Rather than relying on their eyes, the trio designed an imaging system that would automatically count the jellyfish’s pulses over several days and nights. “The second we had the setup working, we could see the pattern right away,” Bedbrook says. The jellyfish are 30 percent less active at night. They pulse less frequently, and they go through several pauses, 10 to 20 seconds long, where they stop pulsing altogether.

But sleep isn’t just about inactivity. It’s defined by several other criteria—and the trio started checking off every one.

First, the inactivity must be reversible—if you can’t wake up, you’re more comatose than asleep. And indeed, when the trio roused their jellyfish by offering them a night-time snack, they saw that the animals became just as active as they’d normally be by day.

Second, a sleeping animal should be unresponsive—it should take more effort to rouse them when they’re asleep than when they’re awake. To test for that, the trio would place their jellyfish in a PVC pipe with a screen bottom. By lifting the pipe and then dropping it, they could briefly suspend the animal in mid-water. Cassiopea doesn’t like floating freely, and will typically swim down to a surface. But at night, they were much slower to do so; it’s as if they were groggy after having just woken up.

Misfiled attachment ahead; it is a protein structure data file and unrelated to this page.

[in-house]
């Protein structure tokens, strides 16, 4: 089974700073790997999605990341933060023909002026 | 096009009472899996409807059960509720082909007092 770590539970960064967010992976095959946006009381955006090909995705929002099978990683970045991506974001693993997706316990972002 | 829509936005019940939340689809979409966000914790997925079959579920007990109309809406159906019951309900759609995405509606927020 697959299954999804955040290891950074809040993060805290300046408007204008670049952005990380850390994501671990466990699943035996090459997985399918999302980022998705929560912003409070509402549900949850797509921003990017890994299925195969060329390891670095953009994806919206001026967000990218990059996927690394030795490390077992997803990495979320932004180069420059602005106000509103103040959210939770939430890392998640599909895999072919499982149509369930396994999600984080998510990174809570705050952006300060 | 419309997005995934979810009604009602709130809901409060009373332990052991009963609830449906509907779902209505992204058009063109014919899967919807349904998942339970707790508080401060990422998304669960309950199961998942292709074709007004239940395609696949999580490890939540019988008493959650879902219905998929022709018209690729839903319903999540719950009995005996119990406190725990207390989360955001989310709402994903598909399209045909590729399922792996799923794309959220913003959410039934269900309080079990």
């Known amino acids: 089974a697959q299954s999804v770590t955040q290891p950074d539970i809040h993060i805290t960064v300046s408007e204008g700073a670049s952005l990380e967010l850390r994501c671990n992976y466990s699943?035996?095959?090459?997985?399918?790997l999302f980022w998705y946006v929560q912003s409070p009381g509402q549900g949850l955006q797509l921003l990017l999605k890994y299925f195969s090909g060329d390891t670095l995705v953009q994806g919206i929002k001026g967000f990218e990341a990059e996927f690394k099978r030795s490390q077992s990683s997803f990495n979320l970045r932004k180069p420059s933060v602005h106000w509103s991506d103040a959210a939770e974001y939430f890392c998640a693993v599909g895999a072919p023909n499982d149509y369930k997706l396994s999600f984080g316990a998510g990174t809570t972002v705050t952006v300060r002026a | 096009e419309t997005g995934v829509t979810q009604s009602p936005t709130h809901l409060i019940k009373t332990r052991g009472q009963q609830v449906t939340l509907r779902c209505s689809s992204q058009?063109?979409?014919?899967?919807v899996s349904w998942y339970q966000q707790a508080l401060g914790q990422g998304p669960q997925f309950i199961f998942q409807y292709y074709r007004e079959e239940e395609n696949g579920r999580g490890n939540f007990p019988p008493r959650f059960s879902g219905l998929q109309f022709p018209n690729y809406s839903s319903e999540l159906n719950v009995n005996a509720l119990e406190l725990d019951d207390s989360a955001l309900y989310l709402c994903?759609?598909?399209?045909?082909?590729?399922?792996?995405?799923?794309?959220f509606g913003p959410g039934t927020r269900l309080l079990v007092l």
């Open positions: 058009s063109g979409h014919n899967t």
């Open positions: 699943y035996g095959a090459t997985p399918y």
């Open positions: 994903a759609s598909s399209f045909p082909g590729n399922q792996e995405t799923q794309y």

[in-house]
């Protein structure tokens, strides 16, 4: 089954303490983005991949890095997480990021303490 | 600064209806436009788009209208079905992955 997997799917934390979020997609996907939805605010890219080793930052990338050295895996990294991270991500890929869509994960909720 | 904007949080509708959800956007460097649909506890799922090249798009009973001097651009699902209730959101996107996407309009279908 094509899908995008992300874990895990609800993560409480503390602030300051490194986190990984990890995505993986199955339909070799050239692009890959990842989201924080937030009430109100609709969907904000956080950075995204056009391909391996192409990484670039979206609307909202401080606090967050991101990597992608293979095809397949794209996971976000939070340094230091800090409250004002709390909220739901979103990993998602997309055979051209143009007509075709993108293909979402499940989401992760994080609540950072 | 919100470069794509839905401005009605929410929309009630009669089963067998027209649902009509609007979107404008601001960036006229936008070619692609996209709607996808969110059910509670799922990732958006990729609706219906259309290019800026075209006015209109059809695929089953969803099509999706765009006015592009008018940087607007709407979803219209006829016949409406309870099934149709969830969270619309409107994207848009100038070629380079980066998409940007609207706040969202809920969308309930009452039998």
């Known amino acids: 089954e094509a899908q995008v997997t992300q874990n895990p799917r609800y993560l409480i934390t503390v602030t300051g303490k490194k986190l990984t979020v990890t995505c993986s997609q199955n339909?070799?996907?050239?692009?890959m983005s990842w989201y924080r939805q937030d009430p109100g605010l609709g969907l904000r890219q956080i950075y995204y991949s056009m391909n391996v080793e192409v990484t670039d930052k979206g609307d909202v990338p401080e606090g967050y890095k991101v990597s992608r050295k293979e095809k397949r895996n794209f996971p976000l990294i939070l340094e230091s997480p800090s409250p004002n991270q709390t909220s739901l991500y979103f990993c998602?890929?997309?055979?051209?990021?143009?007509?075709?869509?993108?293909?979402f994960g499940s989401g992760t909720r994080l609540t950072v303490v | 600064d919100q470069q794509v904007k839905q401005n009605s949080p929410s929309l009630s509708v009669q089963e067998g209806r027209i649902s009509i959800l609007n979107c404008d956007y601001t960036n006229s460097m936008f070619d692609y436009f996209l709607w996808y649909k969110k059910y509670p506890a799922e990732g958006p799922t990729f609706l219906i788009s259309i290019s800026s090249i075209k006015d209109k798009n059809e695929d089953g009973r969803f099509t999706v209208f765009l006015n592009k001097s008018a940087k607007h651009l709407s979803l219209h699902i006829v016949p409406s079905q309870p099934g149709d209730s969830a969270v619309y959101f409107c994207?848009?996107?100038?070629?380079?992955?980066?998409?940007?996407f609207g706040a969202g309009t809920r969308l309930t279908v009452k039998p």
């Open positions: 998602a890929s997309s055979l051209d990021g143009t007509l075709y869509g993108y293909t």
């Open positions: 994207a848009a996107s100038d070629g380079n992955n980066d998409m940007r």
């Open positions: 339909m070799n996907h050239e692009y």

“This was when things became very convincing to me,” says Bedbrook. “Sometimes when we dropped the jellyfish in the water at night, they wouldn’t pulse. They’d just float to the bottom of the tank. It’s so different to how they respond to the stimulus during the day.” But if they repeated the experiment just 30 seconds later, the jellyfish responded as they would do during the day. “Now they’re awake!” says Abrams.

Finally, a sleeping animal should suffer if it’s deprived of sleep, and rebound the night after. “If we pull an all-nighter, we’re really tired afterwards,” explains Rath. He and his friends duplicated this effect in their jellyfish by blasting them with jets of water every 20 minutes. After each blast, the animals started pulsing more quickly before dropping back to their inactive state. And after a full night of this horrendous snooze alarm, they were less active the following day. By contrast, the same water jets, delivered during the day when the animals are typically awake, had no such effect.